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Bangladesh optimistic on 50th Victory Day

Bangladesh optimistic on 50th Victory Day
Despite promising macro-economic indicators, South Asian nation sees deteriorating civil liberties and political freedoms

By Md. Kamruzzaman

DHAKA, Bangladesh (AA) - Bangladesh on Thursday celebrated its 50th Victory Day with a commitment to the state policy of "friendship to all and malice to none."

The South Asian nation of 170 million people gained independence on Dec. 16, 1971, after a 9-month war with Pakistan and with Sheikh Mujibur Rahman as its founding leader.

Before this, Bangladesh was the eastern wing of Pakistan -- which gained independence from British-ruled India in 1947.

Accusing leaders in West Pakistan of discrimination against ethnic Bengalis, Bangladesh declared the Liberation War in March 1971 with the dream of building a "Shonar Bangla" or Golden Bengal.

“Our greatest achievement is that we have had an independent state and a national flag. Now we can move forward under our own framework,” said A H Ahmed Kamal, a historian.

In five decades, Bangladesh is on the track to graduate from the least developed country (LDC) category to a developing nation by 2026 -- with the final destination of becoming a developed nation by 2041.

Bangladesh is often touted as a role model of development with an increasing capacity of power generation, 100 special economic zones, and connectivity that has turned the country into a lucrative destination for investment.

Referring to the World Bank’s forecast, State Minister for Foreign Affairs Shahriar Alam has said that Bangladesh's gross domestic product (GDP) would grow by 6.4% in the 2021-22 fiscal year.

The per capita income of the country is now more than $2,500, which is one of the highest in South Asia, while the life expectancy at birth has gone up to 73 years.

- Concerns over freedom, corruption

Despite promising macro-economic indicators, Kamal said that a majority of the people in the country still face discrimination and inequality.

"The people [who fought the Liberation War] dreamt of freedom from discrimination, fair wages for labor, fair prices for agricultural products, and farmer's rights to land, establishing justice and rule of law, stopping oppression under the state patronization, eradicating corruption and rights to free politics and freedom of expression,” he said, stressing the need to restore "real" democracy.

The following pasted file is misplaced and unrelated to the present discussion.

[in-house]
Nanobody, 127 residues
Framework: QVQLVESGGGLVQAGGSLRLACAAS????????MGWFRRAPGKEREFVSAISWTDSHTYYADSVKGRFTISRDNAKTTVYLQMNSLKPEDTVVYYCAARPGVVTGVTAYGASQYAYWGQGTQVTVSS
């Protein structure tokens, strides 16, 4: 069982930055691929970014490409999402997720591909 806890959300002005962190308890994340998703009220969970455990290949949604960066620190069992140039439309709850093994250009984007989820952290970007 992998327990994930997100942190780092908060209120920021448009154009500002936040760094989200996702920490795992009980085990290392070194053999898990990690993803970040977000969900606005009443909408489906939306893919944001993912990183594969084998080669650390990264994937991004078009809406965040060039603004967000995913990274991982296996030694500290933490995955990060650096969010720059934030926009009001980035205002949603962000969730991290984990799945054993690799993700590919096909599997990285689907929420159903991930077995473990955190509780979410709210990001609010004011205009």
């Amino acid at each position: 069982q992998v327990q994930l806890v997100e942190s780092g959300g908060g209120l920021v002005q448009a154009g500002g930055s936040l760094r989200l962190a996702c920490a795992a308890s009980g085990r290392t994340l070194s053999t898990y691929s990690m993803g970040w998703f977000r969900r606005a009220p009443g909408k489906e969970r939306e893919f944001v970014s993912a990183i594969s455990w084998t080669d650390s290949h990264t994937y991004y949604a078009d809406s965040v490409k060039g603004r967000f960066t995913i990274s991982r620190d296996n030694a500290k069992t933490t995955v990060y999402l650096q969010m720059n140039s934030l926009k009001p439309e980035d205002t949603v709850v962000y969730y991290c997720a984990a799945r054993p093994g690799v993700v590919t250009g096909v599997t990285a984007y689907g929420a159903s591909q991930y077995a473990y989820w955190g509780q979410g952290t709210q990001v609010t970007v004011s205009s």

The state of political rights and civil liberties has deteriorated in the country under the rule of Prime Minister Sheikh Hasina since 2009, according to several reports.

A recent report, Freedom in the World, ranked Bangladesh 39 out of 100 and categorized its status as "partly free."

According to the Corruption Perception Index 2020 released by Transparency International, Bangladesh continues to be ranked among countries where corruption is perceived to be most pervasive.

According to a national household survey on corruption conducted by Transparency International in 2018, 66% of the surveyed people experienced corruption in the service delivery sectors, while 89% were forced to make unauthorized payments to have access to public services.

According to the Global Financial Integrity (GFI) report, some US$ 61.6 billion were siphoned out of Bangladesh between 2005 and 2014 that is equivalent to 25% of the country’s GDP in FY 2016-17.​​​​​​​

War hero Md Siddiqur Rahman told Anadolu Agency he was honored to have fought for the country's independence.

“During the 1971 war, I was an army soldier and joined the war to free my motherland. I can’t express what an ecstatic moment it was for me when I heard about the victory from a hospital bed as I was wounded during the war,” he said.

He added that the Sheikh Hasina-led government has enhanced the monthly allowance for freedom fighters and provided many other facilities.

“But I am very shocked when I see many corrupt people are holding different top positions in the government and hindering the progress of the country,” Rahman said.

source: News Feed
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